News: Exploring Large River Caves in West Papua

The Aouk Underground River. Photo: Tommaso Biondi

An Italian team, Achleoos Geo Exploring, is exploring and documenting underground rivers with very high flow rates.

In a series of expeditions from 2012 to 2017 they have been exploring the Aouk River System and other caves in West Papua. This system is formed from several river passages and large dolines with an average annual flow of approximately 50 cumecs. The system is still only partially explored and at present has a known total length of 6 km. In terms of water flow, this makes it one of the largest river caves so far explored in the world, being of the same order of magnitude as the Xe Bang Fai cave in Laos and the Gebihe system in China. The Aouk River System’s catchment is about 600km2 and has over 6m of rainfall annually.

Along the lower course of the Aouk River, called the Kladuk, the team has also identified and documented the existence of what could be the largest sinkhole-spring karst system in the world. The Kladuk River Passage, although currently unexplored, is closed by sumps and has an average annual flow thathas been calculated at about 150 – 180 cumecs.

Both systems, the Aouk and the Kladuk, have important historical and anthropological features related to the mythology of the Mej Mare and Mej Prat peoples. In  local mythology, gods and ancestors live and move in an underground world, sometimes called Worn’su, and life and death are linked to the concepts of the disappearing rivers. The team have started to collect myths relating to these vast cavities and are beginning to understand them.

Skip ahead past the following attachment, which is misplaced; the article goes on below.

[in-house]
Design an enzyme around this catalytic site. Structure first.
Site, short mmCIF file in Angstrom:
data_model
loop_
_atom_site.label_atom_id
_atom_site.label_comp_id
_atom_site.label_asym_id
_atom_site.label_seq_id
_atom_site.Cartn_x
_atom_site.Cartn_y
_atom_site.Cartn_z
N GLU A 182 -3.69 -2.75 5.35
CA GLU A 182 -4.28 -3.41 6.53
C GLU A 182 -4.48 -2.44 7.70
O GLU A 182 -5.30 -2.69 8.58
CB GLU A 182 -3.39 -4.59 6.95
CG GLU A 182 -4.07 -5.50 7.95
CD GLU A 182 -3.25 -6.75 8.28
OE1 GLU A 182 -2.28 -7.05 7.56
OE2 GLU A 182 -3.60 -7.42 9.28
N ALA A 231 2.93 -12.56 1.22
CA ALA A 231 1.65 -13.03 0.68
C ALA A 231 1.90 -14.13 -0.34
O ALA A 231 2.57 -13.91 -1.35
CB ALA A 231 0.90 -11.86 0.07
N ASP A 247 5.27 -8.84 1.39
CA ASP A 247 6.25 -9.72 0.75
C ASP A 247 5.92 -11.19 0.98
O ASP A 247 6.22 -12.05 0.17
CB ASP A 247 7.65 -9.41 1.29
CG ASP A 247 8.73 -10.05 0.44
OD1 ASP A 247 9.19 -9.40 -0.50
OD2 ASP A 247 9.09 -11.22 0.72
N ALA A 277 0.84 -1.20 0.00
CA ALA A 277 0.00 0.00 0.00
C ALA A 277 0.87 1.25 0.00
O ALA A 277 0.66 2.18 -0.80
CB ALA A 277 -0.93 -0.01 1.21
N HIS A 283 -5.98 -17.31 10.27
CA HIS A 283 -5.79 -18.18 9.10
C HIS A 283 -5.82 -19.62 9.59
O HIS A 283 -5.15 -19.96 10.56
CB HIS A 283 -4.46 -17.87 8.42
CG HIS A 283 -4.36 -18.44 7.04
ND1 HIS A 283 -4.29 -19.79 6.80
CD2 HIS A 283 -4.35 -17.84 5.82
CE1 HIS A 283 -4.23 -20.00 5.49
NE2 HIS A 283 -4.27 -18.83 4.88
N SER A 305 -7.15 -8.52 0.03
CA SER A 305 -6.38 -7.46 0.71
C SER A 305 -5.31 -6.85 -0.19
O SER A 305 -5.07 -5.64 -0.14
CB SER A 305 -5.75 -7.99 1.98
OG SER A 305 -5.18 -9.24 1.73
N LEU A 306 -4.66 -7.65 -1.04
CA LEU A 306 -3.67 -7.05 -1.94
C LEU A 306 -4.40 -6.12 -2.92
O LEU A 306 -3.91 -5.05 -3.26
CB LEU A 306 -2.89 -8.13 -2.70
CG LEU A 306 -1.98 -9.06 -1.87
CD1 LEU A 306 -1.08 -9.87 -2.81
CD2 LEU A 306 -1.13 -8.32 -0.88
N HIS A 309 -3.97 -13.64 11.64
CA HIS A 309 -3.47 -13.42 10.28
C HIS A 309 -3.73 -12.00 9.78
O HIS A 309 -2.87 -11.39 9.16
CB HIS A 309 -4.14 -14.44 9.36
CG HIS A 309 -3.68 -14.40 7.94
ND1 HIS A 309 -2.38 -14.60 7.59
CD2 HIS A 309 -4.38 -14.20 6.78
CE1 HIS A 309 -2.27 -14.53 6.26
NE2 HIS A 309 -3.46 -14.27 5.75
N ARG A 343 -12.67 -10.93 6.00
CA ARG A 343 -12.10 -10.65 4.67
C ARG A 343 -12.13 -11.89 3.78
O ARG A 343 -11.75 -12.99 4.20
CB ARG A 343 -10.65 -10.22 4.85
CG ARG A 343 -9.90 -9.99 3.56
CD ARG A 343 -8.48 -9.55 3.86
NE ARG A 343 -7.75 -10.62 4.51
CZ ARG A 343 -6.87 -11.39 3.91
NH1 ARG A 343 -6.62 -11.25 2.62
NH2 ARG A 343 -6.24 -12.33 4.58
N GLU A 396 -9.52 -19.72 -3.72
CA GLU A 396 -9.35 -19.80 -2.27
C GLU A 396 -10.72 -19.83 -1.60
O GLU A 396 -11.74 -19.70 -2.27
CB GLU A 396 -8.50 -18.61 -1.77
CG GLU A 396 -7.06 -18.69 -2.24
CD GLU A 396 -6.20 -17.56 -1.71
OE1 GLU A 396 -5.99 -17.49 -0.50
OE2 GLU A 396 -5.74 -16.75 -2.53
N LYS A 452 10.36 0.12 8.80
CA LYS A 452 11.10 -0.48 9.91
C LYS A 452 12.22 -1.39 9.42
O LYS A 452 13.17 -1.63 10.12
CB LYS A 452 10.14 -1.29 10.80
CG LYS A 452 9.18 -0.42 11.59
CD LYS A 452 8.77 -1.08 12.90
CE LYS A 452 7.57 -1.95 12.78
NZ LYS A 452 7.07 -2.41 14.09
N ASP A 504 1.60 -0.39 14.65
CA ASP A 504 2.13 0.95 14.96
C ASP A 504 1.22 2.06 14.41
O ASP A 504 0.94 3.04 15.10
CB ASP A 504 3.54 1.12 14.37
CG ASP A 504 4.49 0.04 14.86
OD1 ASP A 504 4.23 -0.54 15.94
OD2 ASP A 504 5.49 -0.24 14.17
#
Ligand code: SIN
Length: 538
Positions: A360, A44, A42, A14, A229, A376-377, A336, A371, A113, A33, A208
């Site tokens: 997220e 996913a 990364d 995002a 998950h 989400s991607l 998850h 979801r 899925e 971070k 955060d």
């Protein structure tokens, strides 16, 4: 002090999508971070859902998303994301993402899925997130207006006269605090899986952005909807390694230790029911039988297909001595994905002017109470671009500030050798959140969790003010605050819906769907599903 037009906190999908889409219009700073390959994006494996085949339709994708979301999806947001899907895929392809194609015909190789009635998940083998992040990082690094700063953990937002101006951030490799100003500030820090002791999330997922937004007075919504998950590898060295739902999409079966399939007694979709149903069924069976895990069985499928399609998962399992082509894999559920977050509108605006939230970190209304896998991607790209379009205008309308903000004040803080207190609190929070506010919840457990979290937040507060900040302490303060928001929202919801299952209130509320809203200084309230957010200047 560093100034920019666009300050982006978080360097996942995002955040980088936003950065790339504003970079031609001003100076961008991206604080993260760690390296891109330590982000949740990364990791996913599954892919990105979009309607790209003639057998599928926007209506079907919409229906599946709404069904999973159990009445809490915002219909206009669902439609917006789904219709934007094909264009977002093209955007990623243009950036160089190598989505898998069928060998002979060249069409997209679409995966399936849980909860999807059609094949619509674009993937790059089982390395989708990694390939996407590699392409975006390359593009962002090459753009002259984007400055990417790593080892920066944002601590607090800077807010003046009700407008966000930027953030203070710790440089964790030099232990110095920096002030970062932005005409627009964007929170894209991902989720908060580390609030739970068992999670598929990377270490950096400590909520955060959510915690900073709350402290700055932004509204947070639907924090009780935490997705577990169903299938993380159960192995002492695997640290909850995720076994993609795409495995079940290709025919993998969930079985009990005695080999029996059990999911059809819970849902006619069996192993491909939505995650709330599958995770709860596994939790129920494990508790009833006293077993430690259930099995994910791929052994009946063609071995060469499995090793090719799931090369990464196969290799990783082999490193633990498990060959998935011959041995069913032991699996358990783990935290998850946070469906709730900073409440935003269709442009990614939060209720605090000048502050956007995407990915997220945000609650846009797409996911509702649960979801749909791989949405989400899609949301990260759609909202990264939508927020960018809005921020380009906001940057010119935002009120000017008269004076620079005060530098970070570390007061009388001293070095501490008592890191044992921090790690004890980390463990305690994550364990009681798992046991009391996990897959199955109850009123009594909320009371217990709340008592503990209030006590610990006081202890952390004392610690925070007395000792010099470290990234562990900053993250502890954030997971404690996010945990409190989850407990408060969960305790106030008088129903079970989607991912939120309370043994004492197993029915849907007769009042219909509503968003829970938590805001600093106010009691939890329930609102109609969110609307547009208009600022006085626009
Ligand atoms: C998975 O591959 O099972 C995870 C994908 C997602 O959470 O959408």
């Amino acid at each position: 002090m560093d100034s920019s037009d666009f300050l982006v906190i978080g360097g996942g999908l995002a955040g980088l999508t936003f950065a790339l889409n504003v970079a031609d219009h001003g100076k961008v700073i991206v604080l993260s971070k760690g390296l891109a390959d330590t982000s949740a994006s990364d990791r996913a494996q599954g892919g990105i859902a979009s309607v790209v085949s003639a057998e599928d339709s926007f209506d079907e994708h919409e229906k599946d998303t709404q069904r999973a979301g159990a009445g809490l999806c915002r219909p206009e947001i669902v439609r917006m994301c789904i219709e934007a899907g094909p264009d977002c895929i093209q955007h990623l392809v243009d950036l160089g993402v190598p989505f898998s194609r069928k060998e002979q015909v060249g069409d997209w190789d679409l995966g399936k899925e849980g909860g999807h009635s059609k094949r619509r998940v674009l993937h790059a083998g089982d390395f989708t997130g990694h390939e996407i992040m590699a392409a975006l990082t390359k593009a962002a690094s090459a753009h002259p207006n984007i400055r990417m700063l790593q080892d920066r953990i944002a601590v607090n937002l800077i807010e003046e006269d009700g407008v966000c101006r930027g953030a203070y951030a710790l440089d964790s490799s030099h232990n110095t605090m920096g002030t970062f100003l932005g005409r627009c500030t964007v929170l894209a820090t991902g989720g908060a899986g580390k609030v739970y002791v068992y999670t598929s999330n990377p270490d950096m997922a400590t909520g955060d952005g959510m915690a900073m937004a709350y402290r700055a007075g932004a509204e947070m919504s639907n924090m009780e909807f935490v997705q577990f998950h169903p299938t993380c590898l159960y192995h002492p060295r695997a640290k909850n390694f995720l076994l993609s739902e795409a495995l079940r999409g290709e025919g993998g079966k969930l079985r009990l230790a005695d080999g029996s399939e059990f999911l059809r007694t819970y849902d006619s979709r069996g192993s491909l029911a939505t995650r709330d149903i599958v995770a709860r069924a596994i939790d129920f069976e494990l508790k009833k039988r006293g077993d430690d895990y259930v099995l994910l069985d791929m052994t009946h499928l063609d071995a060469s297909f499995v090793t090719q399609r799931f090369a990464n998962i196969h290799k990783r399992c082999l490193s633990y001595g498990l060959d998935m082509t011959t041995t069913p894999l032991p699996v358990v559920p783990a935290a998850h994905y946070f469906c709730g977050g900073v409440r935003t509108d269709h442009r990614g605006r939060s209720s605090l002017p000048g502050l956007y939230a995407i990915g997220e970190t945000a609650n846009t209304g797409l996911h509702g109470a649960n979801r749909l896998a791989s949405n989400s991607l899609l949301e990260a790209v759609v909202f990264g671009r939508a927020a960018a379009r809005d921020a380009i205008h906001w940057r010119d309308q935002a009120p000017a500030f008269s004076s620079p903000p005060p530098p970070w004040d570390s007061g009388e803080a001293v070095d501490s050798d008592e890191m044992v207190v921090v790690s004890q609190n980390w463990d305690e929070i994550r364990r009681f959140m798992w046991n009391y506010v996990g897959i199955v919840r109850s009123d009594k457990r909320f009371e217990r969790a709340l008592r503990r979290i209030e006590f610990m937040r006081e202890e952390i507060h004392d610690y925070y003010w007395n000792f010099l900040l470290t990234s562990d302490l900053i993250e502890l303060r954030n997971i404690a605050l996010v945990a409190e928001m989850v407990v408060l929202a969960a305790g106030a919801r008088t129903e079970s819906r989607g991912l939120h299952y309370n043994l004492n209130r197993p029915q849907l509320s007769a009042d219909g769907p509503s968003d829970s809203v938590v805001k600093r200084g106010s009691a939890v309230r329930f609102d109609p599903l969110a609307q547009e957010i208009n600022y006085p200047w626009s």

Exploring these large underground rivers is very different from working in normal caves and requires acombination of skills from kayaking, canyoning, caving and river-rescue. The usual difficulties of Tyrolean and other rope techniques are increased by the force of the water and the daily risk of floods. The team has even developed new techniques to help the, make progress and new tools, such as wet water tools similar to ice axes.

“Wet-Water Tools” at Ayrim Cave
Photo: Marc Faverjon

The expedition has also carried out a brief survey in the central Highland area including the resumption of exploration in the Kutiulerek Cave, which had previously been partially explored by an English-Australian expedition in 1996. This cave is now over 8 km long and is longest cave in West Papua, and is amongst the longest in Indonesia.It still has many new leads to explore. In both areas, exploration will be continued by a further expedition in the coming months.

Papua 2017 Expedion Members: Ivan Vicenzi (Gruppo Speleologico Sacile), Thomas Pasquini (Gruppo Speleologico Piemontese); Katia Zampatti (Gruppo Speleologico Brescia), Andrea Benassi (Società Speleologica Saknussem); Riccardo Pozzo (Gruppo Speleologico Biellese); Tommaso Biondi, Marc Faverjon e Paolo Turrini.

Thanks to our technical sponsors and patrons: Petzl; Rodcle Equipment; Korda’s; CT Climbing technology; Kikko Lamp; Repetto Sport; Enomad; AlpackaRaft; Società Geografica Italiana; Società Speleologica Italiana; Museo di Storia Naturale di Firenze; Gruppo Speleologico Sacile.

Correspondent: Andrea Benassi